Living with credit, Rewards, Shopping

Here’s why I don’t fear retail credit cards

John Egan

On Halloween, I was perusing a news story online that reported the findings of’s Retail Card Survey. Fittingly, the results of the study are spooky.

The study shows the average retail card APR is now 24.99 percent. Scary! Even more frightening: The APR for store-only cards is 26.38 percent.

As a personal finance writer, I’ve covered the pros and cons of retail credit cards before.

The pros:

  • Store cards are easier to get.
    For people with mediocre or poor credit scores, retail cards can be easier to obtain than traditional credit cards. Simply put, the issuers tend to be less strict about who qualifies for these cards than the major card issuers are.
  • Retail cards are a credit booster.
    If you’re trying to build or rebuild credit, a retail card can be a good way to raise your credit profile – as long as you use it responsibly, such as making on-time payments. Credit specialist Julie Marie McDonough, author of “How to Make Your Credit Score Soar,” refers to retail cards as the “training wheels” of credit.
  • Discounts and special offers for cardholders.
    A retail card can give you access to store discounts, loyalty rewards and APR deals. For instance, I’ve used my Best Buy card a few times to snag six- or 12-month, no-interest specials for major purchases.

The cons:

  • Store cards have high APRs.
    The No. 1 problem with retail cards, as the study indicates, is the hefty interest rates. If you carry a balance from month to month, those interest charges can devour your budget.
  • Discounts make signing up seem smart.
    Retail cards can encourage impulse buys, especially when the clerk ringing up your purchase tempts you with a 20 percent discount if you sign up on the spot – today! – for one of the store’s cards. If you’re a shopper who’d whip out a retail card at the first sight of a sale sign, then this type of card probably shouldn’t be in your wallet, regardless of how attractive the sign-up bonuses or other enticements are.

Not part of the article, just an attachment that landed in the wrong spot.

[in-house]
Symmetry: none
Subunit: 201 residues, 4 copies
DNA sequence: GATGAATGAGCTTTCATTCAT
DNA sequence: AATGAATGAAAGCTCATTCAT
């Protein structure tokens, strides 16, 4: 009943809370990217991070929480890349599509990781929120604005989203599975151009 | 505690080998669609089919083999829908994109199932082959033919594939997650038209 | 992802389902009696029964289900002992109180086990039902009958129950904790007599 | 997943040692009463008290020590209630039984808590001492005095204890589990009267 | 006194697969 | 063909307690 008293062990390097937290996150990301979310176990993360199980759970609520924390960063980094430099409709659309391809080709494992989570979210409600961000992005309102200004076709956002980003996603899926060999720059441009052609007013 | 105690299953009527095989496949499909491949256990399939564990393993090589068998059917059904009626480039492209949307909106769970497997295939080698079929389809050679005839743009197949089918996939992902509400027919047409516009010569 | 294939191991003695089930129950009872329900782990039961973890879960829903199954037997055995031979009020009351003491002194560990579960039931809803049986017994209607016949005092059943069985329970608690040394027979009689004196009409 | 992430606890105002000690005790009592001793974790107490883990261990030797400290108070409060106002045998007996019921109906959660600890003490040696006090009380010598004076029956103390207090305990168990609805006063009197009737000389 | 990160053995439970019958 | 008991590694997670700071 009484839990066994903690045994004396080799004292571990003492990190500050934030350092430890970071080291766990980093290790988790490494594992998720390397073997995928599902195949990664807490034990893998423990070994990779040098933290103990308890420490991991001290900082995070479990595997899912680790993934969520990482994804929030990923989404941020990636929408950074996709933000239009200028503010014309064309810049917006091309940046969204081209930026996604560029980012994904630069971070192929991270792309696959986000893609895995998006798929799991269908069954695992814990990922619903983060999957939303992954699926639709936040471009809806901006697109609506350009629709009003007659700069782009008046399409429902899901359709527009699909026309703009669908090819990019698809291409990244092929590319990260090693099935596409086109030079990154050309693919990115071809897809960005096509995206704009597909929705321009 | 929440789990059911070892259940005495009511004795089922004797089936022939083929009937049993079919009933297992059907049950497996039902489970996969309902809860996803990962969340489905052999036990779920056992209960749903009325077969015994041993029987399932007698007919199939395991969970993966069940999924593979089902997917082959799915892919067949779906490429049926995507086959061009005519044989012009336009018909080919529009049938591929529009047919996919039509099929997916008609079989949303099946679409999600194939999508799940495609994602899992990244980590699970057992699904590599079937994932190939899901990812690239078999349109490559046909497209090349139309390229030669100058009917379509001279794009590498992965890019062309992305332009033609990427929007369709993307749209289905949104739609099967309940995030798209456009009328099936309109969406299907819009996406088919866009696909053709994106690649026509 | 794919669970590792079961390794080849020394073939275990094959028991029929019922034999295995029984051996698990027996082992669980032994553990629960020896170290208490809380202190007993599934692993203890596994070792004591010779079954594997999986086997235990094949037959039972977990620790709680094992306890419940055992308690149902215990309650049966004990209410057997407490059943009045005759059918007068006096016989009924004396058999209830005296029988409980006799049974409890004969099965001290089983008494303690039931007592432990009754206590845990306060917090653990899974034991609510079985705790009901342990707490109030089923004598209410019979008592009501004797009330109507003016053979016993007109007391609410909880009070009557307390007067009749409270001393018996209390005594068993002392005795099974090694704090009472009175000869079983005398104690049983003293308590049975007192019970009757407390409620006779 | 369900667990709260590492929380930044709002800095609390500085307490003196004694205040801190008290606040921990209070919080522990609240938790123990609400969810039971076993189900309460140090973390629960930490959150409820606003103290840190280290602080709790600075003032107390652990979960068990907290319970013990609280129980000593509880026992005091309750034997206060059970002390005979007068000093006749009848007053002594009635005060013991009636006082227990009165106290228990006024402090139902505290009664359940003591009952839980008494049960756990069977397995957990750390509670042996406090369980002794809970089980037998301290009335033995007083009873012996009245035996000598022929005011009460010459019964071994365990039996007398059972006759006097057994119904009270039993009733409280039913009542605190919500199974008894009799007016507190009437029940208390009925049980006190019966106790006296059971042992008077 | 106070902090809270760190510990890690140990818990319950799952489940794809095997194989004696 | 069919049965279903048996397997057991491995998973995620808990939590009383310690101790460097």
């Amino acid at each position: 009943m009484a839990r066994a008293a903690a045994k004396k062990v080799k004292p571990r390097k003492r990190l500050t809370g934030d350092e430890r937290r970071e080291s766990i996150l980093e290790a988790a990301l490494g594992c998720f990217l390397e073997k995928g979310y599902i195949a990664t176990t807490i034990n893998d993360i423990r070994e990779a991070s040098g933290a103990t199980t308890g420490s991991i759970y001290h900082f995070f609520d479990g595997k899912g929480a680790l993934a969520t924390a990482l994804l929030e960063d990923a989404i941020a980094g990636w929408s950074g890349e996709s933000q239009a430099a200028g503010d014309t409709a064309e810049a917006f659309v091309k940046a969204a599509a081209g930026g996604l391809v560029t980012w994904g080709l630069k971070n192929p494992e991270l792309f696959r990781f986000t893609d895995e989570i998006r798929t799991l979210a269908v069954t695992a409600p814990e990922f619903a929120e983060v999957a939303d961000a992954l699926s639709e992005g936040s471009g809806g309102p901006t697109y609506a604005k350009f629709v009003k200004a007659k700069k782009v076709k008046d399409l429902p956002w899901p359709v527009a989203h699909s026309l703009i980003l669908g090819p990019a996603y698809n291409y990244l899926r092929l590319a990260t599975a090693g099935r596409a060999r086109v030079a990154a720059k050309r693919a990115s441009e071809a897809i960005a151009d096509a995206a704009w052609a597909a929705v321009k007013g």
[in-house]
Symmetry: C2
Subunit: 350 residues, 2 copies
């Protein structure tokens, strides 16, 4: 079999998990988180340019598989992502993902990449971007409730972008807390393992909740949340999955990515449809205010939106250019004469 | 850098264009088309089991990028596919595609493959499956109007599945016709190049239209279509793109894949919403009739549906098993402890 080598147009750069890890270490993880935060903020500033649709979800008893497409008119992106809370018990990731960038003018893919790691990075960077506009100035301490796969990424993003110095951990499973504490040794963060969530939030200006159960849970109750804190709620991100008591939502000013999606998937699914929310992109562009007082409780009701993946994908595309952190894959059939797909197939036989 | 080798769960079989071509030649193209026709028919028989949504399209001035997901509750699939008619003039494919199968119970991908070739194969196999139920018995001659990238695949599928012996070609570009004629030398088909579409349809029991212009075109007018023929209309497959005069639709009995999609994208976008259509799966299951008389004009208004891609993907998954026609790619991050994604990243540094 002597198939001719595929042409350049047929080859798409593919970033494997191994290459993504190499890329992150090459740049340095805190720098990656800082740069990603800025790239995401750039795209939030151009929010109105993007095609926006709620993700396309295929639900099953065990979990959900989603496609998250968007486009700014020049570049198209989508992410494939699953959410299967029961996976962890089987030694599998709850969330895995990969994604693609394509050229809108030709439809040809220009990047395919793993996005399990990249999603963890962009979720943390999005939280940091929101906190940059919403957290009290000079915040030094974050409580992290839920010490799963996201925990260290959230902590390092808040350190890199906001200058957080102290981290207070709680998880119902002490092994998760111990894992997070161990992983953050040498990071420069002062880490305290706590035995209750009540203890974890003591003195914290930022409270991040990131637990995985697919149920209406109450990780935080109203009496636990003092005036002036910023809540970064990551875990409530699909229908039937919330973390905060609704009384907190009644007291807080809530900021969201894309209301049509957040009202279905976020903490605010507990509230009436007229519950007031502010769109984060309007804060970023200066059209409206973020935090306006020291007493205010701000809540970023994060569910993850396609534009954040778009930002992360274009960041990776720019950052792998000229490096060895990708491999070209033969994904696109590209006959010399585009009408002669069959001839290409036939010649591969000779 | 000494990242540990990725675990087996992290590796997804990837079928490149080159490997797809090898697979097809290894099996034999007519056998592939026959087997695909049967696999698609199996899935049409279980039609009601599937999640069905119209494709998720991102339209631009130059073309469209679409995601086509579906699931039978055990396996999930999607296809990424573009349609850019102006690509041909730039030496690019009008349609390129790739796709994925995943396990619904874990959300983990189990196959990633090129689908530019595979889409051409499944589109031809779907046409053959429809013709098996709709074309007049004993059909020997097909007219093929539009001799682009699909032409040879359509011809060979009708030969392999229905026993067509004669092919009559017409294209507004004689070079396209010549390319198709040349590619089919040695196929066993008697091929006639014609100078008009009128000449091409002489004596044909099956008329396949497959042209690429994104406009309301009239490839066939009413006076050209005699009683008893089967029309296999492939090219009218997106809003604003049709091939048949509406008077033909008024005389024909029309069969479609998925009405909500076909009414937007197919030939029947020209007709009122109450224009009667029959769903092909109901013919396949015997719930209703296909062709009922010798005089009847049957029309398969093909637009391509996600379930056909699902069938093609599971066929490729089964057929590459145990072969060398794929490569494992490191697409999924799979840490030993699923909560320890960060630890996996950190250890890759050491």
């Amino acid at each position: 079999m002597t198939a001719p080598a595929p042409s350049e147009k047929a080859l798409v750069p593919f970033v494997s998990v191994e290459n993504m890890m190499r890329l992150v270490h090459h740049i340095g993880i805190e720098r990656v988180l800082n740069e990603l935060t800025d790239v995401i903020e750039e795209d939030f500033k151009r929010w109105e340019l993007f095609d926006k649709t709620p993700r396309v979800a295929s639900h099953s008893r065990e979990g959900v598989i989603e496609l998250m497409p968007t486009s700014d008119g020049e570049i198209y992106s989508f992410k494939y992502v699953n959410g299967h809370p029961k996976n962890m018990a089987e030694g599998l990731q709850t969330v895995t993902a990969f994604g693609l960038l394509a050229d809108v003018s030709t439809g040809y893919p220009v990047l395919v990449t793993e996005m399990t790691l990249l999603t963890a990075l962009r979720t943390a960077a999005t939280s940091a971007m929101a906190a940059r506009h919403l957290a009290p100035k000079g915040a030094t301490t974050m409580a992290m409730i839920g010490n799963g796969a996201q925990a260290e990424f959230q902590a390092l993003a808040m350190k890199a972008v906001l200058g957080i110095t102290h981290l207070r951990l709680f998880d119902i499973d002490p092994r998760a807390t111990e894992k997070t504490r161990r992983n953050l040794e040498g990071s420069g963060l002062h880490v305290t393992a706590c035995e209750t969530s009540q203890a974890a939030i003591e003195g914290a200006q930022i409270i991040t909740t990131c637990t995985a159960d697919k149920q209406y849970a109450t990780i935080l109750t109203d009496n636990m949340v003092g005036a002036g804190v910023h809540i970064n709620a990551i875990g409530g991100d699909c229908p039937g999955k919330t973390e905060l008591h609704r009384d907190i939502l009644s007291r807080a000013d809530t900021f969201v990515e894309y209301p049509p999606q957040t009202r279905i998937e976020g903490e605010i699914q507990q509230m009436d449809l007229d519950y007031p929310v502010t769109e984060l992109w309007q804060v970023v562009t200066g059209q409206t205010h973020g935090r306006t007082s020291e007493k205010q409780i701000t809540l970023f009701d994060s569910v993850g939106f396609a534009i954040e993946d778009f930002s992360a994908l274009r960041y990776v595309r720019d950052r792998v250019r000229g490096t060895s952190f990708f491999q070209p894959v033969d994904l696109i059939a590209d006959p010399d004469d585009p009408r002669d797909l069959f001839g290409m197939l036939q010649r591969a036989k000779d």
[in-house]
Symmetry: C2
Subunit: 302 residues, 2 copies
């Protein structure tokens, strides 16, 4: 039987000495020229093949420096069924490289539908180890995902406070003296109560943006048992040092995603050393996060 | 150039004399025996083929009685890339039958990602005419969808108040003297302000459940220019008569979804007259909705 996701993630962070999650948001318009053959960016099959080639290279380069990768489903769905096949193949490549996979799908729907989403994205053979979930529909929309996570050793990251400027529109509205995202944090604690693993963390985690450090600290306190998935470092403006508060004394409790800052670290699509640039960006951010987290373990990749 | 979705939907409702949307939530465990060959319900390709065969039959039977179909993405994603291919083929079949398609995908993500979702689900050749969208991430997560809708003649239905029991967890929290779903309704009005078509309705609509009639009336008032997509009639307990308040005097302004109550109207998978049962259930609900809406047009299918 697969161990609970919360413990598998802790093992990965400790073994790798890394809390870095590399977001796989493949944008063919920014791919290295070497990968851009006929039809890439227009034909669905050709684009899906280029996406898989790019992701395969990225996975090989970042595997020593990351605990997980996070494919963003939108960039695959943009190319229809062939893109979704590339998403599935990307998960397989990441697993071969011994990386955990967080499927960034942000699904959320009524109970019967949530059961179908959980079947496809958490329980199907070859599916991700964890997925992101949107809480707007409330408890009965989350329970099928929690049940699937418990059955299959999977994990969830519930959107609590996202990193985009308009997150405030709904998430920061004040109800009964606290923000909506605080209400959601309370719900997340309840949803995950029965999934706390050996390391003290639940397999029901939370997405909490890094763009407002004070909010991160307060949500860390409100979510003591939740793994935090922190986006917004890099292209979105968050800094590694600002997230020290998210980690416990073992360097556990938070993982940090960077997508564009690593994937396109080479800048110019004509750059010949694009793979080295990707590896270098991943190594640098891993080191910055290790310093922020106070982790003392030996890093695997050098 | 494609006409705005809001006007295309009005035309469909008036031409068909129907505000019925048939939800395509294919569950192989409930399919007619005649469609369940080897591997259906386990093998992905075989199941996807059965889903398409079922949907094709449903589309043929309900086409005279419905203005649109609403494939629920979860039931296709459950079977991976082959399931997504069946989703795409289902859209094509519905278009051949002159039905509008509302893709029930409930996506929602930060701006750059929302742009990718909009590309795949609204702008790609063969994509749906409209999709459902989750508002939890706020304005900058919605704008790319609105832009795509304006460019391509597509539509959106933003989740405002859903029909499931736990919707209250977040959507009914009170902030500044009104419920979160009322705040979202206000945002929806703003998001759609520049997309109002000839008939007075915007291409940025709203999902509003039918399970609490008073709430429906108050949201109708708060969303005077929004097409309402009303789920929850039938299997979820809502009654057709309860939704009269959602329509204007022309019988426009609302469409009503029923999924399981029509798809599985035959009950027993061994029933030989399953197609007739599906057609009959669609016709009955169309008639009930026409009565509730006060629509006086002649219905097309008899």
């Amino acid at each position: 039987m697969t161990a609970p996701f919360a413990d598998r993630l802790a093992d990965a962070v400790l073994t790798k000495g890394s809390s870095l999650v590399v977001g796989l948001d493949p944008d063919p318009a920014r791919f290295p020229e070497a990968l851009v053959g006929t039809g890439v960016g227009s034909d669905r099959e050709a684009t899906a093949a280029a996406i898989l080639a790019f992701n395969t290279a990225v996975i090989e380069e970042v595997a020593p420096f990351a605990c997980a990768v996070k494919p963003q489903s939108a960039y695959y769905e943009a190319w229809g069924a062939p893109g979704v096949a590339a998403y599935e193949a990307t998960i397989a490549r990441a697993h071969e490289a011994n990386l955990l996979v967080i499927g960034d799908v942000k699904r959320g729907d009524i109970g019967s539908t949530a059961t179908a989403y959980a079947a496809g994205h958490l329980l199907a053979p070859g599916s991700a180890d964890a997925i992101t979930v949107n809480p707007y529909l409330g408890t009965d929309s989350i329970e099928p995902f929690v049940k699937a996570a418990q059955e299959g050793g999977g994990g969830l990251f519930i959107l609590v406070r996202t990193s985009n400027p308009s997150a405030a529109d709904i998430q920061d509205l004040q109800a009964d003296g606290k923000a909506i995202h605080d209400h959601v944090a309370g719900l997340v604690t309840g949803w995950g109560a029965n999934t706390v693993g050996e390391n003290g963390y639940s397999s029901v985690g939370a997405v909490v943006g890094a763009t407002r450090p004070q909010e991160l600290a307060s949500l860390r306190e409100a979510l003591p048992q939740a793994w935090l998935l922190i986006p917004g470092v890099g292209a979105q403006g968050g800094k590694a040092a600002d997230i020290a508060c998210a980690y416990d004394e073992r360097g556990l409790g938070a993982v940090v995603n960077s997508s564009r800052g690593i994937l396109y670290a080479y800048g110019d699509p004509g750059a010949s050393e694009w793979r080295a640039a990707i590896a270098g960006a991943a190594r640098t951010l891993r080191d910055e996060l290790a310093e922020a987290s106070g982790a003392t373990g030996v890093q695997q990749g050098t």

Weighing the pros and cons, I’m not at all averse to putting purchases on my retail cards, including the ones I have from Banana Republic, Best Buy, Crate & Barrel and West Elm.

Want to know why?

Because I almost always pay off the full balance every month, or I take advantage of a zero-interest offer that lets me pay off the balance over a period of months. Plus, I don’t use the retail cards all that often.

Now, if I were prone to racking up ungodly month-to-month balances on retail cards – as was the case in the past – then I would resist putting purchases on even one retail card. I may not be a math whiz, but I realize how quickly the interest can add up on one of those cards.

And once that interest piles up, it’s hard to crawl out from under your debt.

Embracing responsibility when it comes to your credit, regardless of what type of card you’ve got, can steer you away from financial trouble. So using a retail credit card need not be a terrifying thing, so long as you keep the ghost of credit card debt from haunting you.

See related: 4 reasons to say ’no’ to a store card offerStore credit cards: 6 ways to stay out of trouble, Retailer gone bankrupt? What cardholders should do

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